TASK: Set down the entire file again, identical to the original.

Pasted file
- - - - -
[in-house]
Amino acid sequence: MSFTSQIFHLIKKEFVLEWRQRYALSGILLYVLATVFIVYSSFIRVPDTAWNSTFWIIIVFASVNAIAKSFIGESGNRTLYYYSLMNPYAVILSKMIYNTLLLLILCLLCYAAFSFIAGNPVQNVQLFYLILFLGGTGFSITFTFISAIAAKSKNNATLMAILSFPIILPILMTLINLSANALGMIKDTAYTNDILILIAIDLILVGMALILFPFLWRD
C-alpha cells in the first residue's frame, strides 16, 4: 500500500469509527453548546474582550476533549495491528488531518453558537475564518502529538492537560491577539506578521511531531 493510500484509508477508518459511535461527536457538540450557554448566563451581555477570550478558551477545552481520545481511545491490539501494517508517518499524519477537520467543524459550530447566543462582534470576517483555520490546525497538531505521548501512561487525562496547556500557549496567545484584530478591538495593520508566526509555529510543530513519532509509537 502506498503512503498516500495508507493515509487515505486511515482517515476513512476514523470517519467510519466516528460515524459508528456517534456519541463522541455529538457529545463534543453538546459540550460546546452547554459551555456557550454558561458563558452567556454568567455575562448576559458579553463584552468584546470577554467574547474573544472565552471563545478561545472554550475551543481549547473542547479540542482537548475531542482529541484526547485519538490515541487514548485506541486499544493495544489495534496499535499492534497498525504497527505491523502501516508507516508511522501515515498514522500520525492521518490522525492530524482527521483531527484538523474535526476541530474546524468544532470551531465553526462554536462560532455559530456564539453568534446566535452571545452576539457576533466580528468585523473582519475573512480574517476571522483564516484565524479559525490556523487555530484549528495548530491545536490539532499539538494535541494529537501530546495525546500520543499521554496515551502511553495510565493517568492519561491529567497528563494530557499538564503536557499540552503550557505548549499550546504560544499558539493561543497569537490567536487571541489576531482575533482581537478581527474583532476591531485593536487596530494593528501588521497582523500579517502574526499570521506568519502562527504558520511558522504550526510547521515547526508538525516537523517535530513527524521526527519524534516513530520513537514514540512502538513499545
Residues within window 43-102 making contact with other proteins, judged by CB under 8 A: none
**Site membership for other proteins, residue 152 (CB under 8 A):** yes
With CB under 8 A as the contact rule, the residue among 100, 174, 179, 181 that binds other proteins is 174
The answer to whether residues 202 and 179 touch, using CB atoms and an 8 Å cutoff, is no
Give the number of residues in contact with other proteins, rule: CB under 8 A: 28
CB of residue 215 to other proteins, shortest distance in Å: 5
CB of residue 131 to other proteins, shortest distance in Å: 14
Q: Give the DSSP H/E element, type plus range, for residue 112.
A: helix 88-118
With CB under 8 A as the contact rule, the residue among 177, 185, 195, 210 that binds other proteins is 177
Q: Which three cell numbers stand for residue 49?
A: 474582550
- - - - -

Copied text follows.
[in-house]
Amino acid sequence: MSFTSQIFHLIKKEFVLEWRQRYALSGILLYVLATVFIVYSSFIRVPDTAWNSTFWIIIVFASVNAIAKSFIGESGNRTLYYYSLMNPYAVILSKMIYNTLLLLILCLLCYAAFSFIAGNPVQNVQLFYLILFLGGTGFSITFTFISAIAAKSKNNATLMAILSFPIILPILMTLINLSANALGMIKDTAYTNDILILIAIDLILVGMALILFPFLWRD
C-alpha cells in the first residue's frame, strides 16, 4: 500500500469509527453548546474582550476533549495491528488531518453558537475564518502529538492537560491577539506578521511531531 493510500484509508477508518459511535461527536457538540450557554448566563451581555477570550478558551477545552481520545481511545491490539501494517508517518499524519477537520467543524459550530447566543462582534470576517483555520490546525497538531505521548501512561487525562496547556500557549496567545484584530478591538495593520508566526509555529510543530513519532509509537 502506498503512503498516500495508507493515509487515505486511515482517515476513512476514523470517519467510519466516528460515524459508528456517534456519541463522541455529538457529545463534543453538546459540550460546546452547554459551555456557550454558561458563558452567556454568567455575562448576559458579553463584552468584546470577554467574547474573544472565552471563545478561545472554550475551543481549547473542547479540542482537548475531542482529541484526547485519538490515541487514548485506541486499544493495544489495534496499535499492534497498525504497527505491523502501516508507516508511522501515515498514522500520525492521518490522525492530524482527521483531527484538523474535526476541530474546524468544532470551531465553526462554536462560532455559530456564539453568534446566535452571545452576539457576533466580528468585523473582519475573512480574517476571522483564516484565524479559525490556523487555530484549528495548530491545536490539532499539538494535541494529537501530546495525546500520543499521554496515551502511553495510565493517568492519561491529567497528563494530557499538564503536557499540552503550557505548549499550546504560544499558539493561543497569537490567536487571541489576531482575533482581537478581527474583532476591531485593536487596530494593528501588521497582523500579517502574526499570521506568519502562527504558520511558522504550526510547521515547526508538525516537523517535530513527524521526527519524534516513530520513537514514540512502538513499545
Residues within window 43-102 making contact with other proteins, judged by CB under 8 A: none
**Site membership for other proteins, residue 152 (CB under 8 A):** yes
With CB under 8 A as the contact rule, the residue among 100, 174, 179, 181 that binds other proteins is 174
The answer to whether residues 202 and 179 touch, using CB atoms and an 8 Å cutoff, is no
Give the number of residues in contact with other proteins, rule: CB under 8 A: 28
CB of residue 215 to other proteins, shortest distance in Å: 5
CB of residue 131 to other proteins, shortest distance in Å: 14
Q: Give the DSSP H/E element, type plus range, for residue 112.
A: helix 88-118
With CB under 8 A as the contact rule, the residue among 177, 185, 195, 210 that binds other proteins is 177
Q: Which three cell numbers stand for residue 49?
A: 474582550